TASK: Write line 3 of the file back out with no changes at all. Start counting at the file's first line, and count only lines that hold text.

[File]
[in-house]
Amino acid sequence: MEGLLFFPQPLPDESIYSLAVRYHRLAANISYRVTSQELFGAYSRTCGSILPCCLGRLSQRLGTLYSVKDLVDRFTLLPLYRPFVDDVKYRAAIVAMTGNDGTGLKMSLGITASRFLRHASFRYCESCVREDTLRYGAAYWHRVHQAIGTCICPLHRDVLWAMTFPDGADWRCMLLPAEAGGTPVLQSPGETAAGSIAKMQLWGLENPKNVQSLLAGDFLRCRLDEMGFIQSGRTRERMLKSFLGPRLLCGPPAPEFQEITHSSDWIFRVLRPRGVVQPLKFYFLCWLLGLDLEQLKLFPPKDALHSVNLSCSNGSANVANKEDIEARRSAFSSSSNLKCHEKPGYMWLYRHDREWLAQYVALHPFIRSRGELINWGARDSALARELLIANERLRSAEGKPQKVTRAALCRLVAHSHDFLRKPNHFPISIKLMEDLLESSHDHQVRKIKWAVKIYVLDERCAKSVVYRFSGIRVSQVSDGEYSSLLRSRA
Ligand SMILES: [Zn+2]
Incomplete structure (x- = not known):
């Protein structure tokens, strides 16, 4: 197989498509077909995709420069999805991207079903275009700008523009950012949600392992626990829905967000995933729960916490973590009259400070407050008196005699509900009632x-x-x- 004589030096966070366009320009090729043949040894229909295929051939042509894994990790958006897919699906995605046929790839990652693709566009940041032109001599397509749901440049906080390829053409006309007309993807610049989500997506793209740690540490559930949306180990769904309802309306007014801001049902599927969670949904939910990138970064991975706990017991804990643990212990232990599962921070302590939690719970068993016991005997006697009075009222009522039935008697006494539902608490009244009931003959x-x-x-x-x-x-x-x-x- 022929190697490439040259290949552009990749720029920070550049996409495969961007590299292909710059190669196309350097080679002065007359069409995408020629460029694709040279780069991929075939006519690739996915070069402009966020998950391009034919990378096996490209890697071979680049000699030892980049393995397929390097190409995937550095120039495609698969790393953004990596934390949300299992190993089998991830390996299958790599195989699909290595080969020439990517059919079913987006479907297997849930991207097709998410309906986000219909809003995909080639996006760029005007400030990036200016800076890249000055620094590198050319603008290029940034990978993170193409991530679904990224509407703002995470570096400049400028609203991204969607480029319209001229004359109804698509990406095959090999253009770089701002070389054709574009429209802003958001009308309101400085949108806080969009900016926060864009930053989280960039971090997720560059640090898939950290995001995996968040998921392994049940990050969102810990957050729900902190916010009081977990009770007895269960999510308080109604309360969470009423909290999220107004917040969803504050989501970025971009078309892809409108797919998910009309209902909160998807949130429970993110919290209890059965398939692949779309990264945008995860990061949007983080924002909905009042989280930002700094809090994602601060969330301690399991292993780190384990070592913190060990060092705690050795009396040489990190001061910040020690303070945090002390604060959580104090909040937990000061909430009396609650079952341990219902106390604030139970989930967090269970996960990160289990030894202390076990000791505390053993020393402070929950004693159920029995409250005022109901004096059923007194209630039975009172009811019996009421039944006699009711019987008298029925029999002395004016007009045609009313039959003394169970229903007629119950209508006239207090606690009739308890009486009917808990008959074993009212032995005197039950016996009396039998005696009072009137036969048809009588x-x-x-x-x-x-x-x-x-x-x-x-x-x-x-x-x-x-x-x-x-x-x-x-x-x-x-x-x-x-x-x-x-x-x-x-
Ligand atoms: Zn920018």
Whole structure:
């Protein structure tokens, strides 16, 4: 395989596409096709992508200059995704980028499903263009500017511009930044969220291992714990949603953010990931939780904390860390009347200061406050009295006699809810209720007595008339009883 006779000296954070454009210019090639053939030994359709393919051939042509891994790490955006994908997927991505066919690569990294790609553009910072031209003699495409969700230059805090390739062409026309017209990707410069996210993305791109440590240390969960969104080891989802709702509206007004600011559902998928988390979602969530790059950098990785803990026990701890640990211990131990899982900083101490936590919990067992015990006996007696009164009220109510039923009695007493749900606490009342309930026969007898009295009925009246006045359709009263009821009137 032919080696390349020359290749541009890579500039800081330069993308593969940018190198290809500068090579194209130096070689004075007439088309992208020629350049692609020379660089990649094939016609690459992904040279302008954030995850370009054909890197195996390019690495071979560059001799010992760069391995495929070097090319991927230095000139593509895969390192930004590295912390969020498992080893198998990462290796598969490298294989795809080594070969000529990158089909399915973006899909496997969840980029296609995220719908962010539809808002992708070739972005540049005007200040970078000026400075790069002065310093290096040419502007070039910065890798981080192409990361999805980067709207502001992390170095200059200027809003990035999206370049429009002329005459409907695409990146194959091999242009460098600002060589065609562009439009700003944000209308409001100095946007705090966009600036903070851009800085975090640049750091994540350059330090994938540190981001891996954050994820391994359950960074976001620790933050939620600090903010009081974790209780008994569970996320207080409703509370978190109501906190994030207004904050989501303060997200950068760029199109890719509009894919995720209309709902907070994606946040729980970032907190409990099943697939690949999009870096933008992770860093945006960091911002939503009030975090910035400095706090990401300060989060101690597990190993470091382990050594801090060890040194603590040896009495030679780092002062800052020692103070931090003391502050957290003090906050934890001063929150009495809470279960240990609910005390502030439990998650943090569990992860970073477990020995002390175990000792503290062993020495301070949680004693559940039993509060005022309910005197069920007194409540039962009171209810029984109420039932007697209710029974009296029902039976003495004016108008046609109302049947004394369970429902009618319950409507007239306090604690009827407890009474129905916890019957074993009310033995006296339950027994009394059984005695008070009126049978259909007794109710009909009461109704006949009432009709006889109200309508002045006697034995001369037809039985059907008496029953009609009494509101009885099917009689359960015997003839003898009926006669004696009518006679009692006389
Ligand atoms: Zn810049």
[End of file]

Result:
Ligand SMILES: [Zn+2]